Martin - I was very influenced by the more experimental and post punk scene i would say i still am although I've moved on a lot in other ways... so that is Joy Division/Magazine/PIL/Banshees/Wire...and going back to the Velvets.... that kind of thing started us off in style at least if not content... we actually began life as a guitar/bass/drums/vocals line up but soon got a synth in instead of guitar and then bought an early drum machine....eventually we even lost the bass.... although years later the electronics were augmented by viola/violin and cello occasionally...and even some guitar if you listen closely... :)

Trevor - It's great to see that the band is still going strong and recently you toured Russia. Why Russia and how did you fix that?

Martin - We are busier than's been a long road that has taken us all over Europe...the Mexico and now to Russia...
the Russian adventure all started a few years ago when we played at the Castle party in Poland...a Russian label was there and loved the show...they put out our last album "Dante's Kitchen", in Russia... and then hooked us up with a booking agency there...

Trevor - What kind of venues were you playing and what was the response to you like?

Martin - the bigger cities like St Petersburg or Moscow had regular rock clubs but a lot of the cities were a little like throwbacks to the scene in Coventry in the early 80's...the promoters would hire restaurants and they would clear them and bring in a PA for the evening... (i will say the PA's were all excellent quality...)... it's really new to a lot of Russians outside of the major cities... i was surprised...and really pleased to find that there were a handful of die hard Attrition fans in EVERY town there... and they were all amazed that we had made it out to places like Siberia.... so we had a great response... we loved it....

Trevor - Any stories of the tour you'd like to share?

Martin - Well we were a little concerned to be playing Russia in January!.... especially as far east as Siberia.... the Russian winter doesn't have the best reputation does it!... so we bought thermals...!... but actually they had a very mild winter this year so we only got down to -14c... !
we traveled on trains as well... overnight trains...which we didn't realise until just before we went... it's the only way to get through the snow and the long distances... we were doing up to 41 hour trips on the trans Siberian express....mixing with Ukrainian builders and Mongolian was like an episode of a Michael Palin travel documentary! and it was hard work but i wouldn't have missed it for the world... oh and the vodka helped... :)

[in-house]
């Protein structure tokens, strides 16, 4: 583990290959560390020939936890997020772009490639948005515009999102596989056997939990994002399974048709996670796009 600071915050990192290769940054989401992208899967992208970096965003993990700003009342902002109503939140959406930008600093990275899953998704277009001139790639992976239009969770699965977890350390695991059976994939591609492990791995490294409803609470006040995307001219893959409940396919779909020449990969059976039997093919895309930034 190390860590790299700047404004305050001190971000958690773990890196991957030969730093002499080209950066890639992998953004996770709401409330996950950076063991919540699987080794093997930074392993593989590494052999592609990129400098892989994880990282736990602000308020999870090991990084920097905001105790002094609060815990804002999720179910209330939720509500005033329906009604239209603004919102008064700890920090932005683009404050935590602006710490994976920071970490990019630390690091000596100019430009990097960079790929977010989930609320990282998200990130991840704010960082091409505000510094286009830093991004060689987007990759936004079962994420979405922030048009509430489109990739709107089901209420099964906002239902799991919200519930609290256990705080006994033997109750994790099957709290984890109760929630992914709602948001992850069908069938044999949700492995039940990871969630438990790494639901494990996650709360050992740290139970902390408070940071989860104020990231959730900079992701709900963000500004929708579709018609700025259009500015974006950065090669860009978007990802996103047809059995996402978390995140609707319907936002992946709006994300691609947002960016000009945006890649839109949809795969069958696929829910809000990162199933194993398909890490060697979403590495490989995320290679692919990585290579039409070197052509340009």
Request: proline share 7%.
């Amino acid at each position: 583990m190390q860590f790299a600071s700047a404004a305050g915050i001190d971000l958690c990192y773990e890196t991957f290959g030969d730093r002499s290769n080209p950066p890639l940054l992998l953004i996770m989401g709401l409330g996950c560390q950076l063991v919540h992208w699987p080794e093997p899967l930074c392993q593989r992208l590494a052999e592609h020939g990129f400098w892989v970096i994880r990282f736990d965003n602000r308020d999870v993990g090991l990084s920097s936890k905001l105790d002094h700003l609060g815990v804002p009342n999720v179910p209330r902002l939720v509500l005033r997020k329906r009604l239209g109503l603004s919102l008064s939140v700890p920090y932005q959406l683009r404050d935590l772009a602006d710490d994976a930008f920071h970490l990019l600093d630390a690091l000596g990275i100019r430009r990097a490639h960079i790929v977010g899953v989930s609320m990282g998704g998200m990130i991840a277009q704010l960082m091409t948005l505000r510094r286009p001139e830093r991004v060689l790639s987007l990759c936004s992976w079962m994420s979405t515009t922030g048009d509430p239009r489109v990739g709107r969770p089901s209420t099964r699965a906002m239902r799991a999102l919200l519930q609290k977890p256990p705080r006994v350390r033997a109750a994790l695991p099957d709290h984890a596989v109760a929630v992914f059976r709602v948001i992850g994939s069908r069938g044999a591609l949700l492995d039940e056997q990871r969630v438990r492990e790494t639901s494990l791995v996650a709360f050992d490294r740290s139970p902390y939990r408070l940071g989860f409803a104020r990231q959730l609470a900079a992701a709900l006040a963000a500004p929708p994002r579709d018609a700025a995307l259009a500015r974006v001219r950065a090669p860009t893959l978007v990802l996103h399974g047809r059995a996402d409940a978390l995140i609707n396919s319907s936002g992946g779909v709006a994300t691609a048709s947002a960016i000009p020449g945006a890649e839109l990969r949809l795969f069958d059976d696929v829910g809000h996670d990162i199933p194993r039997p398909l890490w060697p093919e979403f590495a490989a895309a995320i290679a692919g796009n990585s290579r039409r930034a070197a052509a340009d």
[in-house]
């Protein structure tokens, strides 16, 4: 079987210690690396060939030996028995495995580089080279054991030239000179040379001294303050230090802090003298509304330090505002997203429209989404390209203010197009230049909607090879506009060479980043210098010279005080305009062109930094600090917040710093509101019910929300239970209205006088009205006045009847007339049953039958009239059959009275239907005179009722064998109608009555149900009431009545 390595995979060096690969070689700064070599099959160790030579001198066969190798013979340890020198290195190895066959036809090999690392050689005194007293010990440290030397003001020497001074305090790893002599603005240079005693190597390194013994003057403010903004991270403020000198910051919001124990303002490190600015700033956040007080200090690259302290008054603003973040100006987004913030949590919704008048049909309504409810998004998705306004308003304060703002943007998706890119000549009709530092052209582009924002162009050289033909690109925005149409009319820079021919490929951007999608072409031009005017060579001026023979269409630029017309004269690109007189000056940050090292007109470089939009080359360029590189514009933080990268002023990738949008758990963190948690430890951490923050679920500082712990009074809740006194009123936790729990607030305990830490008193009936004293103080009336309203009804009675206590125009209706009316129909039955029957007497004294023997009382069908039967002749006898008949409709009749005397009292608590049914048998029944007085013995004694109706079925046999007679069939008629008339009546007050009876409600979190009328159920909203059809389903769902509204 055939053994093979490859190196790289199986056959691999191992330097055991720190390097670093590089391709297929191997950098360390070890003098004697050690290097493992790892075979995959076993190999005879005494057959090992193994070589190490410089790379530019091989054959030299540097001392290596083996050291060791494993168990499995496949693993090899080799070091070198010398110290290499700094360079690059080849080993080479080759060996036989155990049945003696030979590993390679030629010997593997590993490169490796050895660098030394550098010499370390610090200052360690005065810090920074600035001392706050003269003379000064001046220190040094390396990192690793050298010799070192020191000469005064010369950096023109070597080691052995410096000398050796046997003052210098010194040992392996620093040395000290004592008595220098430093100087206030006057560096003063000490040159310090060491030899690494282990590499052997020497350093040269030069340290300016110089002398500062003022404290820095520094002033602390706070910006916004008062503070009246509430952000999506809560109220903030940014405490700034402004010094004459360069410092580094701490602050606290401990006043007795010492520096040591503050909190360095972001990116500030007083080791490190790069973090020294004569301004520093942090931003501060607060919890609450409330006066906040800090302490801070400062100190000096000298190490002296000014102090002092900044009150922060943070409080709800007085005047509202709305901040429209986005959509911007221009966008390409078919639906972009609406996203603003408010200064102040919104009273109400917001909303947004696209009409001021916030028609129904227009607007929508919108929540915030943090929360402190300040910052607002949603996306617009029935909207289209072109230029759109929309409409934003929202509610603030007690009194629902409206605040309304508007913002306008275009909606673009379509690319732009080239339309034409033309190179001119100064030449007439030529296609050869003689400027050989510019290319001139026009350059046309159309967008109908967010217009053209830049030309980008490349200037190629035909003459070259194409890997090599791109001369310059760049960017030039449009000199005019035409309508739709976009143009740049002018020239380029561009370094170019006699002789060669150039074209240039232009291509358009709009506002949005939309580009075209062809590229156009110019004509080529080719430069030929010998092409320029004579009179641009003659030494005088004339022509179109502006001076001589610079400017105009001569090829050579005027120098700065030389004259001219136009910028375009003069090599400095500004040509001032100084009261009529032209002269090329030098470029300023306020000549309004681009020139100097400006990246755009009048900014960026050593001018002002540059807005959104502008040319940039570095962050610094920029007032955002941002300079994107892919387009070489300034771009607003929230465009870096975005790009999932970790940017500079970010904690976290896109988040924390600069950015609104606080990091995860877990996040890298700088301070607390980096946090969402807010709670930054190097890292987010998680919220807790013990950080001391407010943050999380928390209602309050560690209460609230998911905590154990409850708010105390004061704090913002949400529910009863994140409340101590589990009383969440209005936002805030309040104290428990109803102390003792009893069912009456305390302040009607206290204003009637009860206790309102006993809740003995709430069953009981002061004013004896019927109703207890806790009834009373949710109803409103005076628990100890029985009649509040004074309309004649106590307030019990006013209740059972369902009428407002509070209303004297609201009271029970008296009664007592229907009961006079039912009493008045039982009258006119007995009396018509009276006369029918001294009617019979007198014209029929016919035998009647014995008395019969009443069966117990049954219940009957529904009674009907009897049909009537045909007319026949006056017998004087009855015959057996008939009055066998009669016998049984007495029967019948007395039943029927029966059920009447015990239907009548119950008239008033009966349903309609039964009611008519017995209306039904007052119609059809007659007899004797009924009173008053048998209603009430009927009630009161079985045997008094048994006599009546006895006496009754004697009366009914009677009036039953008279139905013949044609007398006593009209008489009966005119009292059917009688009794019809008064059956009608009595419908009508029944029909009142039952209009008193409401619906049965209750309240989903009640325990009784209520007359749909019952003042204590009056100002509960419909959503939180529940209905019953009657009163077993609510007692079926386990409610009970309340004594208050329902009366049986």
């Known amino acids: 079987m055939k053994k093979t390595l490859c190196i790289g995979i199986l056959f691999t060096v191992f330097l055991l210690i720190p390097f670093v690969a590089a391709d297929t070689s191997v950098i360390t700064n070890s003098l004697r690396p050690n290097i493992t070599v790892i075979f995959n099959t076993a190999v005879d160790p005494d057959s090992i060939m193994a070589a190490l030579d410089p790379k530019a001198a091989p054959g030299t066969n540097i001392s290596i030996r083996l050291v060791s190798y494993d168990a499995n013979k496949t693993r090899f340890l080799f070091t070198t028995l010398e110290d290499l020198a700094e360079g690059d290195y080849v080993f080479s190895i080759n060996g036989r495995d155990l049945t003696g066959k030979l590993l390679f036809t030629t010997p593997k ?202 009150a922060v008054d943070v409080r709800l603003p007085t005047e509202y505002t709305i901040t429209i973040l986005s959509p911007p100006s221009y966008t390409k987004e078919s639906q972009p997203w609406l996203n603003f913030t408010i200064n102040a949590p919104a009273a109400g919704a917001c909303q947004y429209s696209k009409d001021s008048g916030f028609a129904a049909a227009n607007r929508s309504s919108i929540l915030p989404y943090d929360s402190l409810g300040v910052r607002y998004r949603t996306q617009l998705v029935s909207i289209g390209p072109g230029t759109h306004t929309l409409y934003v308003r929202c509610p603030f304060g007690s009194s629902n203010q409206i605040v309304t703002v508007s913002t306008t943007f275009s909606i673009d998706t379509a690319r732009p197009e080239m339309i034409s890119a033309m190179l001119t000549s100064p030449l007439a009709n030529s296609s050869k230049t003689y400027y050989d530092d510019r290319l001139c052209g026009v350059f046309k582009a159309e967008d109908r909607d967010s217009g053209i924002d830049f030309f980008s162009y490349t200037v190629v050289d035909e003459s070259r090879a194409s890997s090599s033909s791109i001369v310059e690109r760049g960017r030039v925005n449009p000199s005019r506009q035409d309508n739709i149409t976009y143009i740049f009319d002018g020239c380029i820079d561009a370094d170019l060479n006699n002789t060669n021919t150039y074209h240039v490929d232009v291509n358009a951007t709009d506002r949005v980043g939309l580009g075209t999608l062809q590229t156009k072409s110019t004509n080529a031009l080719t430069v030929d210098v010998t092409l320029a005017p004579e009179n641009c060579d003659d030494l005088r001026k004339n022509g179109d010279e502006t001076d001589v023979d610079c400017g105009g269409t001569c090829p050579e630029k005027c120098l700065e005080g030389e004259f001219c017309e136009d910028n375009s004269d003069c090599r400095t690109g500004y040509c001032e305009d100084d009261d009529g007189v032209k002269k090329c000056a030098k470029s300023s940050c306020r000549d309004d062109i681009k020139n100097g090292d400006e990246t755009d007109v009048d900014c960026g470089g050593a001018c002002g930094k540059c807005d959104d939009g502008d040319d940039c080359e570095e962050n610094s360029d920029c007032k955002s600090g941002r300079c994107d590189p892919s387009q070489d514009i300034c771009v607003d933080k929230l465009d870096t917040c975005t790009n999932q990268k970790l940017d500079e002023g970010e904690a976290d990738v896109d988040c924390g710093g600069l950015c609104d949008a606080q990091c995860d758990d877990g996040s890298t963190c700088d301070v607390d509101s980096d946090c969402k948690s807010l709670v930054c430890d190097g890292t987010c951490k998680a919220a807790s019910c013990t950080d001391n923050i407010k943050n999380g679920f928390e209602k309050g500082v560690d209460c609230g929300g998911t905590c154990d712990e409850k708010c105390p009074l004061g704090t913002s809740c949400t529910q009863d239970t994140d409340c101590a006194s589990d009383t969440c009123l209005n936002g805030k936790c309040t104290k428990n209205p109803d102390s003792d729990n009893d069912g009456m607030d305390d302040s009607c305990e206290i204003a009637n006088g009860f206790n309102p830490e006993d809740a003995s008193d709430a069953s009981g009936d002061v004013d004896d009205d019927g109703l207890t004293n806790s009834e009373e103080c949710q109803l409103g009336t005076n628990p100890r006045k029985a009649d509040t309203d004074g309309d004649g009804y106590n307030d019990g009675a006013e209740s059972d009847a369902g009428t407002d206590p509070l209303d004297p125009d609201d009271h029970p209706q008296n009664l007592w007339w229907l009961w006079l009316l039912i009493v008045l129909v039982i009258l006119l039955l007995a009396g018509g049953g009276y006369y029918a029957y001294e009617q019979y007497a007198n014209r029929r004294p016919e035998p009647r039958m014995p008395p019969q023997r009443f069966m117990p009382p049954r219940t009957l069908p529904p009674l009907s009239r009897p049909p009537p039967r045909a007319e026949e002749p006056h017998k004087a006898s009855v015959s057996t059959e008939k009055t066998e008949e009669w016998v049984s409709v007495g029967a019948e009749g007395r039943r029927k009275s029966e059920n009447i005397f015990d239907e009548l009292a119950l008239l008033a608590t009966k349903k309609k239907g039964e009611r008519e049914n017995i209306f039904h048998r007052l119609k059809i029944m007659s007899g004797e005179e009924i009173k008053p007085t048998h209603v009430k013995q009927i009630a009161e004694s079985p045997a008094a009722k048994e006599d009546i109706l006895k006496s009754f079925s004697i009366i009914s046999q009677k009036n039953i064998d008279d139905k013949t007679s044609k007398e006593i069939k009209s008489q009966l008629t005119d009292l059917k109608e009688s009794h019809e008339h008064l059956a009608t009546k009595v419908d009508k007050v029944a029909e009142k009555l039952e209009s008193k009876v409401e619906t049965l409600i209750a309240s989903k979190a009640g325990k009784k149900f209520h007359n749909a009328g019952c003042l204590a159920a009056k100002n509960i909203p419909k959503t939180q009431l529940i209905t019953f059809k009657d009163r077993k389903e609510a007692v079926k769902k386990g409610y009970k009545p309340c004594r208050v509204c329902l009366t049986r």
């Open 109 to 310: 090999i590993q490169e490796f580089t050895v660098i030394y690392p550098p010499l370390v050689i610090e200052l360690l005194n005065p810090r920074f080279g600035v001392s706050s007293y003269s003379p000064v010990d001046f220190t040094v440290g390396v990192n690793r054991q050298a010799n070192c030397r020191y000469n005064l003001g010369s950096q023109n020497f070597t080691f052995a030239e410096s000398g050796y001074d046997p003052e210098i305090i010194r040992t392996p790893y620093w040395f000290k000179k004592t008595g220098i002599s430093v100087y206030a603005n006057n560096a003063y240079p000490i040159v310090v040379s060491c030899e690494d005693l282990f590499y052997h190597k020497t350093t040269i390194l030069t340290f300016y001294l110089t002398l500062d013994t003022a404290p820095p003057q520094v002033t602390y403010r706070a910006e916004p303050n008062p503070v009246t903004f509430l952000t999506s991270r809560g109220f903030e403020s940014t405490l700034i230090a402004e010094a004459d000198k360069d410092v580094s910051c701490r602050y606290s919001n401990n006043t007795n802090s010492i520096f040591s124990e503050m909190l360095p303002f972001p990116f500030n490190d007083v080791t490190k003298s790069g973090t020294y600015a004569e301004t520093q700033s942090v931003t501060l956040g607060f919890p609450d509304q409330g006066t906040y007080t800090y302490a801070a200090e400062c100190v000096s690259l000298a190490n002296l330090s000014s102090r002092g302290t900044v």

Trevor - Where can they buy your albums?

Martin - In Russia they have shops that sell CD's/DVD's and MP3's!!! ..... which basically means they sell legitimate music and films and then bootlegs as well... we are in the alternative shops... we also did very well selling at shows...
We're planning to do more really is a growing scene...

Trevor - Martin - Alternative Sounds was a great contribution to the Coventry music scene in it's greatest hour - that of the Two Tone breakthrough. Have you anything else you want to say about those days or the music scene.

Martin - Thanks...i need to scan all those issues i still have and put them online somewhere as a resource....
I had a wonderful time in those days.... it was a great period for Coventry and the UK music scene as a whole...but as i also teach music technology at City College here in Coventry now i can see there is a lot going on here now too...almost 30 years later...
what they need though is a really good fanzine!
The official Attrition Site

Friday, October 11, 2013



A letter sent

To Lynn Greenwood - Coventry Evening Telegraph August 1973
updating her on our ideas for a venue and Hobo benefit...

Dear Lynn,

We told you of our proposals to put on a benefit to raise funds for Hobo. Well we've had some ideas of putting on a succession of events as a kind of arts week with all events leading up to the benefit. Some of the ideas included Jazz / poetry sessions, folk and rock concerts, art exhibitions and various other musical get togethers and any other ideas anyone comes up with. We were hoping to hold this sometime in August but again we've been let down on venues...

Trev and Bo on the Music Scene 1973

This post is from the original Hobo site on Vox blogs c 2007

After publishing the first edition of Hobo in June 1973, we dropped off a copy of Hobo for the editor of Coventry Evening Telegraph's supplement ON THE SCENE -  and our articled appeared in this issu Saturday June 30th 1973 - after an interview by  CET Reporter Lynn GreenwoodI've written out as the print quality might not be so clear after all these years! The CET editor wrote to me after sending a petition of 500+ signatures in response to the article they published RU18 and in sending the first edition of HOBO.


TREV and Bo didn't think much to the arts scene in Coventry - so they decided to try and liven things up.
And their efforts - an eight page music mag called HOBO - is out this week.

In their own words "It's an attempt at supplying the musicians and such likery of Coventry with a form of music paper intending to cover not only musicians but discos, poets and artists, etc."

At the moment it's free and is strictly a "non-bread-head, non-profit mag"

"We want to get people interested in helping us" said 22 year old Trev Teasdel. "the music scene in Coventry has never been brilliant although three or four years ago it wasn't too bad. But now there are lots groups wanting to do concerts and artists willing to do exhibitions, but there's nowhere to hold them."

Trev, of 16, Laneside, Willenhall Wood, Coventry, says the only place to go for music are pubs.

"And that just gives the drugs and pubs squads plenty of work," he said.

One of Bo's ideas (his real name is John Bargant) is to start an information service which offers help to anyone with a problem.